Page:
Can you comment a little on the weather seal between the top sides and roof? I think you mentioned using some “rv trim”, but I imagine there was a liberal use of silicone as well?
ALso worried about the seal between he roof and the galley hatch.
Also (also) how hard was it to find the right pneumatic hatch holder upper (piston thingy)?
Hi! I’m going to get my husband to come comment and give more details. 🙂
Teddy, The trim that I used was similar to this: Link
I used putty tape between the trim and the wall and under between the hurricane hinge (waterproof hinge) and the wall. I hope this helps. Good building!
Thanks for posting all the steps of the process!
I’ve been sort of obsessing on building one of these to pull behind my motorcycle. After reading this, however, I think I’ll wind up building one for the whole family.
I’m also interested in your galley and on the mattress you used inside.
Thank you for the write up. Was wondering about the roof edge and door trim. How difficult is it bend the trim around the curves without kinking it?
Not too bad, just go slow and take your time. We used hands; tried using a rubber mallet, but hands worked better. Good luck!
John Myers says
Excellent job, both on the trailer and the blog! Looking forward to seeing pictures of the finished project.
Where did you buy the 5×10 utility trailer?
I will hopefully be building my Tear Drop this winter, as soon as I complete the 12′ Pelican sailboat I’m now building.
Ooh, my dad wants to build a sailboat some day!
This is the trailer we used: http://www.northerntool.com/shop/tools/product_200612541_200612541
Brian Smith says
Where did you source the aluminium skin, and what’s the grade of the material? I just started a teardrop build and am looking for 5′ wide sheets. Thanks! Nice job on your teardrop, it looks great!
It’s mill-finished aluminum, and he found it locally to us, at a place called South Bay Metals in Gilroy, CA. Let me know if you need more info and I’ll get my husband to comment! LOL
Will you by chance tell us how much the aluminum skin cost ? I was wondering how I would end up finishing my trailer but I think I’ll use this aluminum too.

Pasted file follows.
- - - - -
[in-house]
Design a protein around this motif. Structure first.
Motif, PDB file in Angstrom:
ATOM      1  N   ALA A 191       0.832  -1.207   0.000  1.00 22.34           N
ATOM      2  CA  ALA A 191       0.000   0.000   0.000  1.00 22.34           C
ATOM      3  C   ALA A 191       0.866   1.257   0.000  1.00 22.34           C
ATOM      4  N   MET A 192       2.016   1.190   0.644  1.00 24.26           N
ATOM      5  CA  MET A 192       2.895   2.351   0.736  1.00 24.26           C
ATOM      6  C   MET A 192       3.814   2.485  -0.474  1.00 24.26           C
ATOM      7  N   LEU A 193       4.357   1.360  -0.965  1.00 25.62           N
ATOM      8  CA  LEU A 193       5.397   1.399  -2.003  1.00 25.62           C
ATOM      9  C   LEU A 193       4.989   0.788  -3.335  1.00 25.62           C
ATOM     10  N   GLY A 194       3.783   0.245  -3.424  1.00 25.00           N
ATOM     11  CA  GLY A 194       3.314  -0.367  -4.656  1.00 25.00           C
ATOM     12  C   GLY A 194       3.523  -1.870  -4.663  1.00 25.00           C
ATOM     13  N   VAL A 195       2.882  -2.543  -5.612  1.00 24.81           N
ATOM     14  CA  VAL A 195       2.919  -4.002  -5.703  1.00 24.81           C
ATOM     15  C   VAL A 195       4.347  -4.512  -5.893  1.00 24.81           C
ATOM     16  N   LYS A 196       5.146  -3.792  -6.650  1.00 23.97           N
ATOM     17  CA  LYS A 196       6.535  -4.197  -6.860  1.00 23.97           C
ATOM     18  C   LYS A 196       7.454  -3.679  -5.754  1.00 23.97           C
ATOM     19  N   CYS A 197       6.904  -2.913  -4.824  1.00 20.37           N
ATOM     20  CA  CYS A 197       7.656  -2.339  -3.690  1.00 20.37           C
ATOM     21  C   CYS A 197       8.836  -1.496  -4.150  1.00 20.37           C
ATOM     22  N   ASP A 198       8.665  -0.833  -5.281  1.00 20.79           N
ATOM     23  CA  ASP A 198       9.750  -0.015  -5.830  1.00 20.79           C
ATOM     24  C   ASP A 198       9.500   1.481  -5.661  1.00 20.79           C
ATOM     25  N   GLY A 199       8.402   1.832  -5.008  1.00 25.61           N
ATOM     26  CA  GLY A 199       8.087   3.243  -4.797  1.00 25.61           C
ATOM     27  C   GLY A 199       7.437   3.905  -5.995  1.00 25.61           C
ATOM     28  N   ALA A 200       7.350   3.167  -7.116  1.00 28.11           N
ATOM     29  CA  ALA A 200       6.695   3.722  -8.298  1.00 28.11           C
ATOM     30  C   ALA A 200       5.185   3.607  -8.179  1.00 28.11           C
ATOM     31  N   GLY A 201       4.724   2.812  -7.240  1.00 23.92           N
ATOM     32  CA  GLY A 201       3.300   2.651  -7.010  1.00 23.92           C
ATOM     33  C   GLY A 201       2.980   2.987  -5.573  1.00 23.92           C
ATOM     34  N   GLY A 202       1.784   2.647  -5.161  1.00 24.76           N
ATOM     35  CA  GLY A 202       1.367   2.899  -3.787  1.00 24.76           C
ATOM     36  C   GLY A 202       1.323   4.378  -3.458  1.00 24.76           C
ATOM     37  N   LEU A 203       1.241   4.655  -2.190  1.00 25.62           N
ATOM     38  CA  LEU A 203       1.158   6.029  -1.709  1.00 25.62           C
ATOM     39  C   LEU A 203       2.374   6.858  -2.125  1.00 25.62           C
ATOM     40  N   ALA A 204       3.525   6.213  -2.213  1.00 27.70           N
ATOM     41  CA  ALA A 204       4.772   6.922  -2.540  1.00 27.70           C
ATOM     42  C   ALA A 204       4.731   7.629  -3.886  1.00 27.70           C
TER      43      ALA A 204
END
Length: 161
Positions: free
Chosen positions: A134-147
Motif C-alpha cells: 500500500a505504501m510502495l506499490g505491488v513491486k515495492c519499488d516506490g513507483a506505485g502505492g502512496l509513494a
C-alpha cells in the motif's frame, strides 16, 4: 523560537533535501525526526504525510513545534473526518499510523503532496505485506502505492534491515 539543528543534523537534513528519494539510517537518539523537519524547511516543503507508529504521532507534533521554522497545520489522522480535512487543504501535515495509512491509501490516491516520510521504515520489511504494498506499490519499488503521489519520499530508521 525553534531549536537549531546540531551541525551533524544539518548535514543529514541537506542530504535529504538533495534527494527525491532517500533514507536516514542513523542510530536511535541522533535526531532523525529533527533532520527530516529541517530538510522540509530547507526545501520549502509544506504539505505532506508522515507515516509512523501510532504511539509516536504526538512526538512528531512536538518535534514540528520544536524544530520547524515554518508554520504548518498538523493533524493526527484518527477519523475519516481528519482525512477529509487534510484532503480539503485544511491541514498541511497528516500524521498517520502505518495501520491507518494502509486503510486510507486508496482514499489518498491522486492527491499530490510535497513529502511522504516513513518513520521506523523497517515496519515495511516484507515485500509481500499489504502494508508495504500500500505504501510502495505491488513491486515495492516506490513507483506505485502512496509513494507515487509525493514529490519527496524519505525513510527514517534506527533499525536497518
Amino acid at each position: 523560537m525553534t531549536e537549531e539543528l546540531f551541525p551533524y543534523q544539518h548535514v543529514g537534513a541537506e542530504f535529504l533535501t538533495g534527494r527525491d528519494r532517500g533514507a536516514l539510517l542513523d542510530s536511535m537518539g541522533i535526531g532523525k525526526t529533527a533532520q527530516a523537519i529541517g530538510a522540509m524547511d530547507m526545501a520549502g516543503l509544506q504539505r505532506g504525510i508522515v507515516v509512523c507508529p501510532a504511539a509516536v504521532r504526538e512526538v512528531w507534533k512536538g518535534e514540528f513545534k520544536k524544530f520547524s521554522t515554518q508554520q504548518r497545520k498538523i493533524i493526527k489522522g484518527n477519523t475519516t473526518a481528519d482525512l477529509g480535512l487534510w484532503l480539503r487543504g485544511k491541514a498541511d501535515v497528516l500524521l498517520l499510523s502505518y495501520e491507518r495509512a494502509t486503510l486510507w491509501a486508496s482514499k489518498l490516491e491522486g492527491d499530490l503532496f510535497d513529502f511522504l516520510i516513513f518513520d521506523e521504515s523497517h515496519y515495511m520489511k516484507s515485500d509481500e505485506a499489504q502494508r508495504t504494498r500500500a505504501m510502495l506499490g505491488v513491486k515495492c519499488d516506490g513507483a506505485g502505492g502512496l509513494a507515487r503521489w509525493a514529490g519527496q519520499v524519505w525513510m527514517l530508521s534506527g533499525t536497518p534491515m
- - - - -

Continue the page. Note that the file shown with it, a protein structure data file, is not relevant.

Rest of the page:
Hey Harrison, I’m waiting for my husband to let me know how much the aluminum was, so I’ll get back to you. I’ll tell you this: We were torn between the wood (a look we love) and the aluminum, but decided that the up-front investment of the aluminum was worth it because of the ongoing maintenance we’d have to do with the wood, refinishing it and everything.
Great post, What rpm did you run the router at? Thanks
Holly Clift says
great build. I am just starting my own build. I bookmarked your first post. I’m sure I will be referring to it in the furture.
What is the name of the aluminum supplier and what was the cost?
Danielle Otto says
I love reading your post on this! My husband and I are currently doing our own build! We’re currently fitting The Galley and I’m incredibly nervous for building the hatch as well as skinning the top in aluminum. We aren’t doing the sides as I’m going to do a two tone wood and painted look on the side. Any recommendations on either of those two topics? We aren’t following a plan exactly so we’re going to have to wing it and I’m scared of destroying it haha
Just go SO SLOW and take your time! I was completely freaked out for most of the build process! lol
Jerry L Jackman says
WHAT IS THE SUPPLIERS NAME AND ADDRESS FOR ALUMINUM SHEET
Zoe E Triplett says
I’m building my tear drop and I was curious which molding you used that was able to bend that much?
WHAT IS THE SUPPLIERS NAME AND ADDRESS FOR ALUMINUM SHEET
Frank Z says
I’m wanting To build a teardrop camper that isn’t too heavy. I’ll be pulling it with my Goldwing SE 1500. Do you know what the teardrop weight is of the camper? .You guys did a great thing.